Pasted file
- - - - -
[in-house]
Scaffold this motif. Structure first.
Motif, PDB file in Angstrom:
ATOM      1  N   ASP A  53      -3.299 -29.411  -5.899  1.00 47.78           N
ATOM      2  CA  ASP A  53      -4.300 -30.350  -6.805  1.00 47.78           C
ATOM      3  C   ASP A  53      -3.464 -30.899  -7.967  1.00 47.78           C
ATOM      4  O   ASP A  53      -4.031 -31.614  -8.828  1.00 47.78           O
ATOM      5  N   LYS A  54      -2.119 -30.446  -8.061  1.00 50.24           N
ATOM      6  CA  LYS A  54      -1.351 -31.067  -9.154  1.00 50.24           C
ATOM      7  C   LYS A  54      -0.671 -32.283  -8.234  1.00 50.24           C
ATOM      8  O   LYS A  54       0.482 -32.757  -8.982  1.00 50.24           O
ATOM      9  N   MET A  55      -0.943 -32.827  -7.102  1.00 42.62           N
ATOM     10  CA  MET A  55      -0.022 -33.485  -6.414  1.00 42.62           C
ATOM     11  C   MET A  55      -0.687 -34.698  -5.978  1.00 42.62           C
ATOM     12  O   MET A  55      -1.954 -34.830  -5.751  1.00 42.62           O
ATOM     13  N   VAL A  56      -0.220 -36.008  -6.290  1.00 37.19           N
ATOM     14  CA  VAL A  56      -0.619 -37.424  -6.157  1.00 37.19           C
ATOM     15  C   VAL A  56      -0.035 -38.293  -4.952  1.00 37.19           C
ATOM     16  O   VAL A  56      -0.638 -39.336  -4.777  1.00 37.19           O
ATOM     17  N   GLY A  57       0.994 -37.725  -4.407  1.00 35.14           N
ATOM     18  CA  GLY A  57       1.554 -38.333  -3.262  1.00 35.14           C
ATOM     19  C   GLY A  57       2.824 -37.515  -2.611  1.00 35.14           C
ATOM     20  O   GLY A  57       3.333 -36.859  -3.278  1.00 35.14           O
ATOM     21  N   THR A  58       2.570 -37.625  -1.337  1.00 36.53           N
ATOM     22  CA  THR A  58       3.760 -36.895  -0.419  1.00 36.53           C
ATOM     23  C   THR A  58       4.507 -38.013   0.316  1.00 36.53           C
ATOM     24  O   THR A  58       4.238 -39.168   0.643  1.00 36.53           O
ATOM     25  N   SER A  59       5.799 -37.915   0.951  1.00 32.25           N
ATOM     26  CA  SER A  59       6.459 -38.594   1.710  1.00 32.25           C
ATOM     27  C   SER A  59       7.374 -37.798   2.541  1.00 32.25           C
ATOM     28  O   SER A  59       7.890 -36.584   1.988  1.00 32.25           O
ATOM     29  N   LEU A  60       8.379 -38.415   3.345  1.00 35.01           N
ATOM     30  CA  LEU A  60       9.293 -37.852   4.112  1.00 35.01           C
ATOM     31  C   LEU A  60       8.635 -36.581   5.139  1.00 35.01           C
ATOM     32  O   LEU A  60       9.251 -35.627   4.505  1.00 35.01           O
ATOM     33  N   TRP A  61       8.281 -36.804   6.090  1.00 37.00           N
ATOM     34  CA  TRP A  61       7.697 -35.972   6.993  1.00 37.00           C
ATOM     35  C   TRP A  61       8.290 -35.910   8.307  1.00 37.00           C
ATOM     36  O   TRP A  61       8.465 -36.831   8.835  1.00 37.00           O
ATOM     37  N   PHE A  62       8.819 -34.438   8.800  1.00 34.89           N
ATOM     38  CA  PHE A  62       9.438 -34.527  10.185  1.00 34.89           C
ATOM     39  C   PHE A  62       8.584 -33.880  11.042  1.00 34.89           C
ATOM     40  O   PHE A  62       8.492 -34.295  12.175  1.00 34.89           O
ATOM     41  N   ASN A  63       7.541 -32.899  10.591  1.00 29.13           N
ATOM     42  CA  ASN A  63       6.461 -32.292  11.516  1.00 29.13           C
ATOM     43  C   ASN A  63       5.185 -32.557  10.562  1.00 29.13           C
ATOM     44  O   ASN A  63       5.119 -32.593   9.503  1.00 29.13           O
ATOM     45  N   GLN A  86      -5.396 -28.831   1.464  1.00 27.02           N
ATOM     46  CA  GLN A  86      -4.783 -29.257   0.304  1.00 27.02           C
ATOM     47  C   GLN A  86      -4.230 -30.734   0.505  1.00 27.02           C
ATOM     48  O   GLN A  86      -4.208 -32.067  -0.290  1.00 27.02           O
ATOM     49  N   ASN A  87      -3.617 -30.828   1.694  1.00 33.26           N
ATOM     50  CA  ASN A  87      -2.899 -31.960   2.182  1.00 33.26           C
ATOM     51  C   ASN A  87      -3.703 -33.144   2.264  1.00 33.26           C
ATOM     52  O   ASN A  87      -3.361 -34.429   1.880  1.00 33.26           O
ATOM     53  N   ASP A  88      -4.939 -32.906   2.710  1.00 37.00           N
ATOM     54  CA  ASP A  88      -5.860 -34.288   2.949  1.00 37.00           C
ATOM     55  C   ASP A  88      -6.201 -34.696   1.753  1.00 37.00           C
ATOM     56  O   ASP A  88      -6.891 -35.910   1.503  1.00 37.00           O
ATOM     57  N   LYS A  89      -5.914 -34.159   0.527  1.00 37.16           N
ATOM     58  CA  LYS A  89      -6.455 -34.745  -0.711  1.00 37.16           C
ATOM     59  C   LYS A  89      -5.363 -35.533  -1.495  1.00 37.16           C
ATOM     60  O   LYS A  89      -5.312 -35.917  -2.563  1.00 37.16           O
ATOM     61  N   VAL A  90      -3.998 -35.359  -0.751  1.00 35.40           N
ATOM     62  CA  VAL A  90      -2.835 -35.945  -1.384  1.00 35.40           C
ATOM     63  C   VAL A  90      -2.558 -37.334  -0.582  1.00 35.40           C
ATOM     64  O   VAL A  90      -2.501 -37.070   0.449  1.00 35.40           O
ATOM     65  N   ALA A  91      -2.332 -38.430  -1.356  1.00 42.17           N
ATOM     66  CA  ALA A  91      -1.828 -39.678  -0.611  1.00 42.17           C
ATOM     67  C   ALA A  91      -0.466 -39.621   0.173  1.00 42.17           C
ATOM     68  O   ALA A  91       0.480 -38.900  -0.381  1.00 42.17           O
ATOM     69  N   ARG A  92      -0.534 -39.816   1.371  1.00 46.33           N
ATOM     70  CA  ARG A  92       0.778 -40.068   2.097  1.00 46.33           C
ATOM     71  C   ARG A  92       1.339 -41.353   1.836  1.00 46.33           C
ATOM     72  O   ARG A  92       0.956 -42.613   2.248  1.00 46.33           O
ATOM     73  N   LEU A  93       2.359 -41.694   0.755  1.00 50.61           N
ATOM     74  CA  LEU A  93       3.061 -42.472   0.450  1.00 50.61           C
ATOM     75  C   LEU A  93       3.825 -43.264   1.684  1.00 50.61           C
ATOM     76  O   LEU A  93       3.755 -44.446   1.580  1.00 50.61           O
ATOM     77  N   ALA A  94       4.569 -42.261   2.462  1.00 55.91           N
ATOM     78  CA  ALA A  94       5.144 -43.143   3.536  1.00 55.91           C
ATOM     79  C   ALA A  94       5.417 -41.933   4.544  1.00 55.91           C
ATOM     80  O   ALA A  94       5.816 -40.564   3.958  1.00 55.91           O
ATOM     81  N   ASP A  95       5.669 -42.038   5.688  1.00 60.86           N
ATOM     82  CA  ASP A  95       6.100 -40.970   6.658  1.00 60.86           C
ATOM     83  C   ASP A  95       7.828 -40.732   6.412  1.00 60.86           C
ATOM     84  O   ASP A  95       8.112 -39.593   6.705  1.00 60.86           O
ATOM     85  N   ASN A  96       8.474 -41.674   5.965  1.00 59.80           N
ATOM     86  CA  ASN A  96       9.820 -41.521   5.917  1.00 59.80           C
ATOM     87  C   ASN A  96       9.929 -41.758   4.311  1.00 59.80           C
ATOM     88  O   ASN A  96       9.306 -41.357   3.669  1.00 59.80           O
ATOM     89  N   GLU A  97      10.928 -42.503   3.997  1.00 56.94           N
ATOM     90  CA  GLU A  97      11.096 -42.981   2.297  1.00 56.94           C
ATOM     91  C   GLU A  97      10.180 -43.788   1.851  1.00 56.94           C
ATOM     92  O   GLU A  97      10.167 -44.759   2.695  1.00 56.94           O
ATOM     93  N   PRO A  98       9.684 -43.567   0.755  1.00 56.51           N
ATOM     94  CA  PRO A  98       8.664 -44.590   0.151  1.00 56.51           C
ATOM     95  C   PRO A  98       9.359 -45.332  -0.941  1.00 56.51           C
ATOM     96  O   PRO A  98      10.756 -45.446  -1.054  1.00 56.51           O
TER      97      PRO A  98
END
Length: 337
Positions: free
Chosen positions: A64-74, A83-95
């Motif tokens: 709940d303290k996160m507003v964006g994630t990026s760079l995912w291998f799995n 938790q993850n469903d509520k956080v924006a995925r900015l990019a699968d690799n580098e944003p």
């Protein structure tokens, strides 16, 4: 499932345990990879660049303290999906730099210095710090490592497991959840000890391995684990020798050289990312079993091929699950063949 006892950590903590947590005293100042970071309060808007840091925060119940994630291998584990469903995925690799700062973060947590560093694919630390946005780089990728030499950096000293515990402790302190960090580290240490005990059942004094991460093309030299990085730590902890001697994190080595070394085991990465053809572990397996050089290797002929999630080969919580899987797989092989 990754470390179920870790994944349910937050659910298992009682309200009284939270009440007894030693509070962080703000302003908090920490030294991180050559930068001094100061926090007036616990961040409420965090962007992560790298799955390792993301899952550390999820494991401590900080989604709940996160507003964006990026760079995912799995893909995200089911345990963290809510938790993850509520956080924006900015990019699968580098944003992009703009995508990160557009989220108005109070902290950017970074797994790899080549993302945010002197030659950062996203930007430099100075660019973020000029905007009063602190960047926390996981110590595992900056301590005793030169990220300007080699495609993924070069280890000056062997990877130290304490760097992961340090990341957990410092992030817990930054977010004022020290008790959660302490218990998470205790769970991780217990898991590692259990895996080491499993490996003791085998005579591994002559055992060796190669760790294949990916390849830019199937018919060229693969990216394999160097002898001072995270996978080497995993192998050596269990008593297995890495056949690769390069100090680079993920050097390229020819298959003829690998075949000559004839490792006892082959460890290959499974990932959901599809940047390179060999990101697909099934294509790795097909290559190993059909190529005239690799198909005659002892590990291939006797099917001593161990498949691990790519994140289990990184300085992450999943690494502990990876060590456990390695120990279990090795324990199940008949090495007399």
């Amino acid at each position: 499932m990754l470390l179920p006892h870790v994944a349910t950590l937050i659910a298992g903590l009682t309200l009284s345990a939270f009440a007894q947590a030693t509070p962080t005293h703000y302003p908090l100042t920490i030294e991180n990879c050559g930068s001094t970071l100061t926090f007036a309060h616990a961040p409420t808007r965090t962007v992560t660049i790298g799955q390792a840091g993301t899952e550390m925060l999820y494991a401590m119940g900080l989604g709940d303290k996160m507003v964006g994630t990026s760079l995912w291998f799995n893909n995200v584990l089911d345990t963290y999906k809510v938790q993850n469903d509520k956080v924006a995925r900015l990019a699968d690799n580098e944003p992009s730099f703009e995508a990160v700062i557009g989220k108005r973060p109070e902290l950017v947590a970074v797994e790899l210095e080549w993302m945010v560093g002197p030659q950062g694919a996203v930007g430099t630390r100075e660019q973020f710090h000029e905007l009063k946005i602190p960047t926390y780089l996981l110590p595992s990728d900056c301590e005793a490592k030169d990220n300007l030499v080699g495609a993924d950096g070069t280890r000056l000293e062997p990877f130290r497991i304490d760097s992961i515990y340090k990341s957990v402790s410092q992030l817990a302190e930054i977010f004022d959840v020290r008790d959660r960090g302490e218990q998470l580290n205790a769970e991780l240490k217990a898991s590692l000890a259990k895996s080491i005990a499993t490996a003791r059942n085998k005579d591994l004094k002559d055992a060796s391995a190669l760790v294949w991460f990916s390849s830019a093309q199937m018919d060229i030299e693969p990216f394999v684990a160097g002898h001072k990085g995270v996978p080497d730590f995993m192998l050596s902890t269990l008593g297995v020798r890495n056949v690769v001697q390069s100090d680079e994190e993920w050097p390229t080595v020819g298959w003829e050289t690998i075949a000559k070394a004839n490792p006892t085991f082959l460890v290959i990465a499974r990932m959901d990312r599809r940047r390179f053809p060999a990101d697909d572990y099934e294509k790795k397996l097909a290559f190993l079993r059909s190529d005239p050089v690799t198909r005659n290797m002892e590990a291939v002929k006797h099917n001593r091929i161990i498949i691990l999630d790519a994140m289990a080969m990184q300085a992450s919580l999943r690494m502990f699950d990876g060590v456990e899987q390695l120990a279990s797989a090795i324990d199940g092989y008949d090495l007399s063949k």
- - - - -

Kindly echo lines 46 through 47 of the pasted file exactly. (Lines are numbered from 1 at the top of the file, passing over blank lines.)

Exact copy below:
ATOM     43  C   ASN A  63       5.185 -32.557  10.562  1.00 29.13           C
ATOM     44  O   ASN A  63       5.119 -32.593   9.503  1.00 29.13           O